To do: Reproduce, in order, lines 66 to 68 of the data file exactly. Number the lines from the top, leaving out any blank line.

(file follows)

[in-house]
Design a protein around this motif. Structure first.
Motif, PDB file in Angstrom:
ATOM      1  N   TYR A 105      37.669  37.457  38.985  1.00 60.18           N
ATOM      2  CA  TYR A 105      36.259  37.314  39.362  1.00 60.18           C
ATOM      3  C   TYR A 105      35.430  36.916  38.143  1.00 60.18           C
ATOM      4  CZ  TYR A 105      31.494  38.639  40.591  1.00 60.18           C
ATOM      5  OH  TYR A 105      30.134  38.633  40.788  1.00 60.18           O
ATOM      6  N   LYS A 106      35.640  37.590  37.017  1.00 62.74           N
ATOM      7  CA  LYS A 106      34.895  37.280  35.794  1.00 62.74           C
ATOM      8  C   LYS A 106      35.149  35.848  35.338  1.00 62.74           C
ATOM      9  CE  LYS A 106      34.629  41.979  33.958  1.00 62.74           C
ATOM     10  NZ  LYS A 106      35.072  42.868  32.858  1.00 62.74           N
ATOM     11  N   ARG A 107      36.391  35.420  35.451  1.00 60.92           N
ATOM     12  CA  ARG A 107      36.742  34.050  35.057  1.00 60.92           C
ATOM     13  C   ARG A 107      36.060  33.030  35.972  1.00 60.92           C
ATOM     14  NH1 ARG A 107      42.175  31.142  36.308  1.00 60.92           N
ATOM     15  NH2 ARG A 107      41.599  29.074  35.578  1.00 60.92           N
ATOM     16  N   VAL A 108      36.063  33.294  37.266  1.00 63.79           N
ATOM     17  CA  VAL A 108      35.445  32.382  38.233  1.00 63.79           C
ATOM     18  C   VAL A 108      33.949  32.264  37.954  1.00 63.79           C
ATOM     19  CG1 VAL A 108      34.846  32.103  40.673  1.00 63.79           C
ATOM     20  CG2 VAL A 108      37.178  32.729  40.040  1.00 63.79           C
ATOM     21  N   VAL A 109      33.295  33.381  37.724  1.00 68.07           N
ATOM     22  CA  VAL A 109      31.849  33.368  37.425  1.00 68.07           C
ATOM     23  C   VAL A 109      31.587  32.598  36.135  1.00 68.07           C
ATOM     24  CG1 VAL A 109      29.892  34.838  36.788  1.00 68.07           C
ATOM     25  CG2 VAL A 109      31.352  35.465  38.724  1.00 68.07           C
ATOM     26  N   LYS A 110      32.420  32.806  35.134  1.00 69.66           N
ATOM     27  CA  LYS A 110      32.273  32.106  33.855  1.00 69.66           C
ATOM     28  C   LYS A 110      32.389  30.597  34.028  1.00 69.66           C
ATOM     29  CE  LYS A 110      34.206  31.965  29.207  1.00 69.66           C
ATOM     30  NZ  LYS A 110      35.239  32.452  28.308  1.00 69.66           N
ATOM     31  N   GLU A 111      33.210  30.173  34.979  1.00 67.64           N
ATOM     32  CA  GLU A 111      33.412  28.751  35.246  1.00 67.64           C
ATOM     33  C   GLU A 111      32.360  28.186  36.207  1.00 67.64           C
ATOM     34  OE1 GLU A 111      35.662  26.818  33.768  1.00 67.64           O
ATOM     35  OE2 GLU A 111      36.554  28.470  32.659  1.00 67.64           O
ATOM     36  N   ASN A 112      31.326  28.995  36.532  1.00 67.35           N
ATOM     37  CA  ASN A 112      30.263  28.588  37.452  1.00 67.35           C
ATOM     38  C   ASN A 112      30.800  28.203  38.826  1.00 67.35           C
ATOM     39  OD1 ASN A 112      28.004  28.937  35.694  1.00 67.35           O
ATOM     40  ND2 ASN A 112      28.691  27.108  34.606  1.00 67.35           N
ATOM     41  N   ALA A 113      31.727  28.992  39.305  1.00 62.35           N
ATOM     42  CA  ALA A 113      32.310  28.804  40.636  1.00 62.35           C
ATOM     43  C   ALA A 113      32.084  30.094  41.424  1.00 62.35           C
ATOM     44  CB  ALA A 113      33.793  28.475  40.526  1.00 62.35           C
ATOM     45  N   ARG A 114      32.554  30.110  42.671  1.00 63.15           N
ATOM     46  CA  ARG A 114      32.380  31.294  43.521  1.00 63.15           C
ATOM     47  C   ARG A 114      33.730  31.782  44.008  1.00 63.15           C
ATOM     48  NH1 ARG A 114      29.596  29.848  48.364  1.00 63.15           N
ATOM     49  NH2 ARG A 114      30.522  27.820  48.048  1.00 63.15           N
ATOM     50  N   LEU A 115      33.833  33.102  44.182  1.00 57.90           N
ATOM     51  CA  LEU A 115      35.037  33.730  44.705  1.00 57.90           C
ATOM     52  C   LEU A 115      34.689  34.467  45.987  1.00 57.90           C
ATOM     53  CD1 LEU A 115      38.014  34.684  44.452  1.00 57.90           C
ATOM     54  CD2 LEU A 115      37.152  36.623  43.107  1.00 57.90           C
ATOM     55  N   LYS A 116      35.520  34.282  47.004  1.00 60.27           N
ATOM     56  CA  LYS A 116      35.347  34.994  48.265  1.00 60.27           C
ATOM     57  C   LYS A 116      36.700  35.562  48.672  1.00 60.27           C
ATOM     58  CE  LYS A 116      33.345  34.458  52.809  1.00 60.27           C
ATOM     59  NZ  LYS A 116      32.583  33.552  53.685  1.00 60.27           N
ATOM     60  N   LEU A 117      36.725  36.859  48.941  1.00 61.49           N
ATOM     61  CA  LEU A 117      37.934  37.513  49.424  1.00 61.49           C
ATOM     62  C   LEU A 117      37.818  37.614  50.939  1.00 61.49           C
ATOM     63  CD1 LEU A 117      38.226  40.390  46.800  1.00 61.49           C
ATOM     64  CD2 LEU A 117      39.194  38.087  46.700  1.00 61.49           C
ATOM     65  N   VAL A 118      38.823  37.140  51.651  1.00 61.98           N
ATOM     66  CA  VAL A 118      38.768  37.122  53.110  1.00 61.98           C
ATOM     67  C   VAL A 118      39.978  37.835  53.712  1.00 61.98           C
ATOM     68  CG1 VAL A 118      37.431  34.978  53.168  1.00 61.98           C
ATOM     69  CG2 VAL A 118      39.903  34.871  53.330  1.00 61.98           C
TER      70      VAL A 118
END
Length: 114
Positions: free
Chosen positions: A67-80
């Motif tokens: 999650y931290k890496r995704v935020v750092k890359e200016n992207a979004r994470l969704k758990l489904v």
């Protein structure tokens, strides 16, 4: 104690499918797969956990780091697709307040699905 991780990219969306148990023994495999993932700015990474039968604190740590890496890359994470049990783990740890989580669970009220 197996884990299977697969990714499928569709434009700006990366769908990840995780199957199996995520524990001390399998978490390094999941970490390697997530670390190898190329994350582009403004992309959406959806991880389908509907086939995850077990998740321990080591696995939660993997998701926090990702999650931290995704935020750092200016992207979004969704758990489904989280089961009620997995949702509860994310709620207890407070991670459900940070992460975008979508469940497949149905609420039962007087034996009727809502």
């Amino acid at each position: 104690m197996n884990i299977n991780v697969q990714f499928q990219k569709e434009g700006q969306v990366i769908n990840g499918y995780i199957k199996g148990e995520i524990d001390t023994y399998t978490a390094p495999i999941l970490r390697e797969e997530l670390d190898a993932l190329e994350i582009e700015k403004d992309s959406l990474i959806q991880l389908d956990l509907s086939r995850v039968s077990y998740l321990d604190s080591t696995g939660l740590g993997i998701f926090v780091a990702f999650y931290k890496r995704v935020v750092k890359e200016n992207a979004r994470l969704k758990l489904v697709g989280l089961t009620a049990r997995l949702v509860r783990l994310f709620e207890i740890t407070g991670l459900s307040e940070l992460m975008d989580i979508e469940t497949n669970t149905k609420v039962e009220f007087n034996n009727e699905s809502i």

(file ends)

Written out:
ATOM     63  CD1 LEU A 117      38.226  40.390  46.800  1.00 61.49           C
ATOM     64  CD2 LEU A 117      39.194  38.087  46.700  1.00 61.49           C
ATOM     65  N   VAL A 118      38.823  37.140  51.651  1.00 61.98           N